Shakespeare’s tragedy Coriolanus is a tale about political manipulation and revenge. It is based on the life of Roman general Gaius Marcius Coriolanus, who is thought to have lived in circa 5 BC. Long accepted as a historical figure and described as such by Livy and Plutarch, more recent scholars have suggested that Coriolanus might have (partly) been a legend.
Set against the backdrop of Roman and Volscian wars, Coriolanus, a feared Roman general, rose to fame while protecting Rome from its enemies. His ambitious mother Volumnia drove him to seek a position as consul and with his reputation he effortlessly won the support of the Roman Senate. He, however, still needed to win votes from the plebeians. Two tribunes, who considered Coriolanus an enemy, overturned their initial positive reaction. This infuriated Coriolanus and he openly spoke out against the concept of popular rule, as a result he was condemned a traitor and exiled from Rome. He then sought out his sworn enemy, the Volscian general Tullus Aufidius, and together they vowed to destroy Rome. After futile attempts to convince Coriolanus to abandon his vengeful plan, his mother, wife Virgilia, son Martius, and friend Valeria were sent to reason with him.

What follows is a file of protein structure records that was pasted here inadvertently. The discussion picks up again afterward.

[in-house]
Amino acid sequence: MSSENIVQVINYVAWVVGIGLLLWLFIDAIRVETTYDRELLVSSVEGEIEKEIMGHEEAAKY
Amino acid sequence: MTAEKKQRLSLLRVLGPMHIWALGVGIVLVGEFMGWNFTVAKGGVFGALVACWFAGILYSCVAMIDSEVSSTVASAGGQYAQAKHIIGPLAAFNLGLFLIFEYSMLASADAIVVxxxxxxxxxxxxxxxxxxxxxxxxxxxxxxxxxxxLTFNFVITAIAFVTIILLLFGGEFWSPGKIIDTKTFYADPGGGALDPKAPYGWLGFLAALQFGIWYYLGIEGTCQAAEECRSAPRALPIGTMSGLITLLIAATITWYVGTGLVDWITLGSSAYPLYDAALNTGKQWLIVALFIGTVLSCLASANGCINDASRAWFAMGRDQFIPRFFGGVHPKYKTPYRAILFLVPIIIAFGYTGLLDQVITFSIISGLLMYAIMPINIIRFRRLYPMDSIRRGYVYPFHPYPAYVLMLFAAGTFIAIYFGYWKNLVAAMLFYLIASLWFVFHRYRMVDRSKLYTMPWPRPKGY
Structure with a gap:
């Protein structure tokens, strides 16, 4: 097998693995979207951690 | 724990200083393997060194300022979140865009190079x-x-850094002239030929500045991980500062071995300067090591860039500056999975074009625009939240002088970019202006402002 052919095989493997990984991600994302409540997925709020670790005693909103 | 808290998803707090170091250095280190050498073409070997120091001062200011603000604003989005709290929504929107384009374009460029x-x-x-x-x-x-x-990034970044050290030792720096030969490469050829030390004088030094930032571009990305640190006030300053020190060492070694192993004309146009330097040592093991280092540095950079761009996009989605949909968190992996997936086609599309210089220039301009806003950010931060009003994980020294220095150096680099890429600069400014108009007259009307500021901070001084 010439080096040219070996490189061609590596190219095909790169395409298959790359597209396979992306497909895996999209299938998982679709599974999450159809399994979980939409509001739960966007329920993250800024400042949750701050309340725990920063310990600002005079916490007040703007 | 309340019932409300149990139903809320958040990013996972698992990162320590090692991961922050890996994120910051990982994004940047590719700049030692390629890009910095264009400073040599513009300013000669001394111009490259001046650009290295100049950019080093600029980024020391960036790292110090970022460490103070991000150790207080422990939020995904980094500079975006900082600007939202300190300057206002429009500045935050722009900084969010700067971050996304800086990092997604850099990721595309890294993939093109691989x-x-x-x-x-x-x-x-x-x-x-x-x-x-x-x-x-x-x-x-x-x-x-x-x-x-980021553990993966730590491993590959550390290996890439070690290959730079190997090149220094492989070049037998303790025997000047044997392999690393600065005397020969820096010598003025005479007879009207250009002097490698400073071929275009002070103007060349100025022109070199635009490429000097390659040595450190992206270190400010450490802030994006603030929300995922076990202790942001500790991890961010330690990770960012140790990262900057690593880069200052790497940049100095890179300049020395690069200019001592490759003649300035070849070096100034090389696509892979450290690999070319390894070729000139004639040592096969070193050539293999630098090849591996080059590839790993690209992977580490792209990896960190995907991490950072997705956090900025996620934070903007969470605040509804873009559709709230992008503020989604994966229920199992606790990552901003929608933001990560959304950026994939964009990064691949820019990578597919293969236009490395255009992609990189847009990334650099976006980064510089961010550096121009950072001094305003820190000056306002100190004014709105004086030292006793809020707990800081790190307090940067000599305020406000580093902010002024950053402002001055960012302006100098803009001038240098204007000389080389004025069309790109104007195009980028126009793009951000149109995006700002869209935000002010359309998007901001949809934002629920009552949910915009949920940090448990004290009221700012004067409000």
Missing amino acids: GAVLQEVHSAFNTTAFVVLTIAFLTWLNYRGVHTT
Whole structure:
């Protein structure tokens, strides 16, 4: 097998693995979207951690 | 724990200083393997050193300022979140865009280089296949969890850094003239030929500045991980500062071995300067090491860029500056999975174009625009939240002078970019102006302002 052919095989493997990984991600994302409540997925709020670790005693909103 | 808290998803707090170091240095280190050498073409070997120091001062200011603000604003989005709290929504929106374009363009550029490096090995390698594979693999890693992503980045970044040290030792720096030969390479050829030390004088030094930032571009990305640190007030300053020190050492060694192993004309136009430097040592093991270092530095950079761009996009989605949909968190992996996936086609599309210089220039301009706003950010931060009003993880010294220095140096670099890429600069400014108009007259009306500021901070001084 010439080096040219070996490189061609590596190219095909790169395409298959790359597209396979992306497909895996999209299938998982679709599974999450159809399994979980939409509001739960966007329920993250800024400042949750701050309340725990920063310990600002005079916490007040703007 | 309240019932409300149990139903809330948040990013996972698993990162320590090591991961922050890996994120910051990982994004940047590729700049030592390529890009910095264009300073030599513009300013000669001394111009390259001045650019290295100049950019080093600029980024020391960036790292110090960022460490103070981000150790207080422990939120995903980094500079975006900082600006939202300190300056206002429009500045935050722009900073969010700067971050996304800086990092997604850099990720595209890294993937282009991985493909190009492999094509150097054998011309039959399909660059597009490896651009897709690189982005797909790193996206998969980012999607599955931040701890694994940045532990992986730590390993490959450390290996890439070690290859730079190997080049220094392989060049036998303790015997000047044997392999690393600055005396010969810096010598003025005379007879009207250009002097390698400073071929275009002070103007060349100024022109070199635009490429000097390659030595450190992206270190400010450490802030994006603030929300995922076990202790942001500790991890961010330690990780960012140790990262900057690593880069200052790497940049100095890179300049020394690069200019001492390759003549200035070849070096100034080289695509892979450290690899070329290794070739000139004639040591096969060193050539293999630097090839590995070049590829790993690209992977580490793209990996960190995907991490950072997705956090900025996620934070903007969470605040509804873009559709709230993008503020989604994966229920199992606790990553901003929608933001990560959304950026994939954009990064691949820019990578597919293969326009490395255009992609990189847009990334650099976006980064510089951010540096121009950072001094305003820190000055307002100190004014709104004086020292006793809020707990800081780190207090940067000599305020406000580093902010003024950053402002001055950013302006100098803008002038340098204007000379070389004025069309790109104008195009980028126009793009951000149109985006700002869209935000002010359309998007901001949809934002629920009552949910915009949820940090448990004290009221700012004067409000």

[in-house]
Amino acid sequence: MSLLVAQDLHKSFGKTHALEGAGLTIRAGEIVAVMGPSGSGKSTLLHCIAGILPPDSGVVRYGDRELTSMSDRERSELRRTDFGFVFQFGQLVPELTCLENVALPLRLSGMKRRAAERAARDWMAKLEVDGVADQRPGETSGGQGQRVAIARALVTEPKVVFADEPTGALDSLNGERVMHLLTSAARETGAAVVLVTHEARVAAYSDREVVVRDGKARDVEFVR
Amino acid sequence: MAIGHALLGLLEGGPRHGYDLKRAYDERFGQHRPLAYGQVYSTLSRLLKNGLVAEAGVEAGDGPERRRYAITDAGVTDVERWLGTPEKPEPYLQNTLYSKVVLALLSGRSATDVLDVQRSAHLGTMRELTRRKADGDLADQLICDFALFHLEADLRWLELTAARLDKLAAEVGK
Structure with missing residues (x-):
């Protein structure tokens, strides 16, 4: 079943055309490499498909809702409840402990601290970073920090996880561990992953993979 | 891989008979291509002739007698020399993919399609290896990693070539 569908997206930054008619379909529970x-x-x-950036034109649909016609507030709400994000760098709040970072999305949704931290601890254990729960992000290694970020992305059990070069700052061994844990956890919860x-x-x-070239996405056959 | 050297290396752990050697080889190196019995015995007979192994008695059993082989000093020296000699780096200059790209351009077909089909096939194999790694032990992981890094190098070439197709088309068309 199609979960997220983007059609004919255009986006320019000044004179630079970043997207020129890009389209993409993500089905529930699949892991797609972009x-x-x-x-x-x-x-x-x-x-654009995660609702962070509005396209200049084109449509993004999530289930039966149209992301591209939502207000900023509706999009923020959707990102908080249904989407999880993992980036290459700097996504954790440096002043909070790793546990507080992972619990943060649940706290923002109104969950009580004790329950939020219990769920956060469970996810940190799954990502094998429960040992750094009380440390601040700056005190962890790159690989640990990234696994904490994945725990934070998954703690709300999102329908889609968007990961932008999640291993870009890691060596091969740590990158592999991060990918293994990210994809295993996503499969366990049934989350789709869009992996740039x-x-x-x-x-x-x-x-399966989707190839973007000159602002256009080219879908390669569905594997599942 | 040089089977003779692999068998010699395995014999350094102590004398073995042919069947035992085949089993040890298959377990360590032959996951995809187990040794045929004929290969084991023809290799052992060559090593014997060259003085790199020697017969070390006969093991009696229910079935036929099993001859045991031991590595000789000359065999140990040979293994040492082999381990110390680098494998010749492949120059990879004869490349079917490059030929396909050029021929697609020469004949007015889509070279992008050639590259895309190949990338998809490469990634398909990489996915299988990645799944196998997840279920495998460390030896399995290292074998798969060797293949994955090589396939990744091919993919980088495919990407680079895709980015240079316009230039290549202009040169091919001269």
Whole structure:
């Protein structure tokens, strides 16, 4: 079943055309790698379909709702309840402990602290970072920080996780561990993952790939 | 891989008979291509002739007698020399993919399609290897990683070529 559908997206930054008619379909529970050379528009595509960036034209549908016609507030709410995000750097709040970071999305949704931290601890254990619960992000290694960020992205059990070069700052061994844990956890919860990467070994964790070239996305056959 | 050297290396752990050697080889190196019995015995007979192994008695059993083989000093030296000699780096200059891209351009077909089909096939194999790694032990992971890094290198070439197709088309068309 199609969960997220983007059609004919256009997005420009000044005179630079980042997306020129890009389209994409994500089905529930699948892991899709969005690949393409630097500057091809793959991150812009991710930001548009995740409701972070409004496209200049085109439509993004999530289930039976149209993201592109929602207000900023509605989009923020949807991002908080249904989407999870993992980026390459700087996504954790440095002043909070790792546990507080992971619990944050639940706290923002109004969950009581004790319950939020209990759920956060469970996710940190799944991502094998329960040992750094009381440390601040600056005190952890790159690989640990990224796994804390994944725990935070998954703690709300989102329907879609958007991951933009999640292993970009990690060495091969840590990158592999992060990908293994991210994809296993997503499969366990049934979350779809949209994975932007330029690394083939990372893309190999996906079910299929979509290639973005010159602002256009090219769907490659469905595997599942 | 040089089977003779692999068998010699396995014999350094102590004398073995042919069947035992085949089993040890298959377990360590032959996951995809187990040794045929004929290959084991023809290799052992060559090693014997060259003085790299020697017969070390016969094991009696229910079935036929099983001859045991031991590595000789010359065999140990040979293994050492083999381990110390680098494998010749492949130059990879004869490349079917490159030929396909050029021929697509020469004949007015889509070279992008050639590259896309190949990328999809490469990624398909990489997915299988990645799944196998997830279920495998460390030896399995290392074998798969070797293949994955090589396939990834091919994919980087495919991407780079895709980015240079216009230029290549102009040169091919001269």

The present lot depicts the moment where Volumnia emotionally appeals to Coriolanus, who is clearly affected by her speech. Aufidius in the foreground stares in disbelief and Volcian soldiers behind him look away in disgust. Volumnia’s words convince Coriolanus and he relents. He returns to the Volscian capital with the army, where Aufidius’ men assassinate him for his betrayal.
The popular actor John Kemble (1757-1823) played Coriolanus, one of his most famous roles. Hamilton painted Kemble as Richard Shakespeare’s Richard III, c.1788, in the Victoria & Albert Museum, London. Other Shakespearean subjects painted by Hamilton are The Revelation of Olivia’s Betrothal from ‘Twelfth Night’, in the Yale Centre for British Art, Paul Mellon Collection, and Prospero and Ariel from ‘The Tempest’ in the Alte Nationalgalerie, Berlin.